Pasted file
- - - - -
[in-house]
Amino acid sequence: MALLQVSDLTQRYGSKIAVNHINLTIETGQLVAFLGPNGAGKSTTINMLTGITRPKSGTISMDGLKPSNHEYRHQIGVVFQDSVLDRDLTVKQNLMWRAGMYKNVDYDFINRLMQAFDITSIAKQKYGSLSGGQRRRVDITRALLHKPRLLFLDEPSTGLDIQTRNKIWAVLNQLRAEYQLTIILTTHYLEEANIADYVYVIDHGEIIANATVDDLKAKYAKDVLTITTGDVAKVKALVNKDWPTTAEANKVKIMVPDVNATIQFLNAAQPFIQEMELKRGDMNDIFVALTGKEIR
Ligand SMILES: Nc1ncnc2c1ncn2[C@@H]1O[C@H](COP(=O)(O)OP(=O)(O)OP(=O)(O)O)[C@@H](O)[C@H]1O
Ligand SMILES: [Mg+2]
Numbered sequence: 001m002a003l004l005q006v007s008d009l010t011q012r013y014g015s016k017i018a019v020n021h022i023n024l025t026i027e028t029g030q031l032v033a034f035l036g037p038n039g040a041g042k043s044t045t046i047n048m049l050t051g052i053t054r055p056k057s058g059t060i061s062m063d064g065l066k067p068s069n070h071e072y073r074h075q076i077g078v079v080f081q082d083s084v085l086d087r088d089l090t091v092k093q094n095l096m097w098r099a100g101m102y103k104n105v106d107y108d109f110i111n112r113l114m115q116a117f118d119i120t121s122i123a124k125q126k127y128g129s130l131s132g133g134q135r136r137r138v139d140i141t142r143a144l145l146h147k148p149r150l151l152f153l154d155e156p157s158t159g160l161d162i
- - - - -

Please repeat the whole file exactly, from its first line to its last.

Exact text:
[in-house]
Amino acid sequence: MALLQVSDLTQRYGSKIAVNHINLTIETGQLVAFLGPNGAGKSTTINMLTGITRPKSGTISMDGLKPSNHEYRHQIGVVFQDSVLDRDLTVKQNLMWRAGMYKNVDYDFINRLMQAFDITSIAKQKYGSLSGGQRRRVDITRALLHKPRLLFLDEPSTGLDIQTRNKIWAVLNQLRAEYQLTIILTTHYLEEANIADYVYVIDHGEIIANATVDDLKAKYAKDVLTITTGDVAKVKALVNKDWPTTAEANKVKIMVPDVNATIQFLNAAQPFIQEMELKRGDMNDIFVALTGKEIR
Ligand SMILES: Nc1ncnc2c1ncn2[C@@H]1O[C@H](COP(=O)(O)OP(=O)(O)OP(=O)(O)O)[C@@H](O)[C@H]1O
Ligand SMILES: [Mg+2]
Numbered sequence: 001m002a003l004l005q006v007s008d009l010t011q012r013y014g015s016k017i018a019v020n021h022i023n024l025t026i027e028t029g030q031l032v033a034f035l036g037p038n039g040a041g042k043s044t045t046i047n048m049l050t051g052i053t054r055p056k057s058g059t060i061s062m063d064g065l066k067p068s069n070h071e072y073r074h075q076i077g078v079v080f081q082d083s084v085l086d087r088d089l090t091v092k093q094n095l096m097w098r099a100g101m102y103k104n105v106d107y108d109f110i111n112r113l114m115q116a117f118d119i120t121s122i123a124k125q126k127y128g129s130l131s132g133g134q135r136r137r138v139d140i141t142r143a144l145l146h147k148p149r150l151l152f153l154d155e156p157s158t159g160l161d162i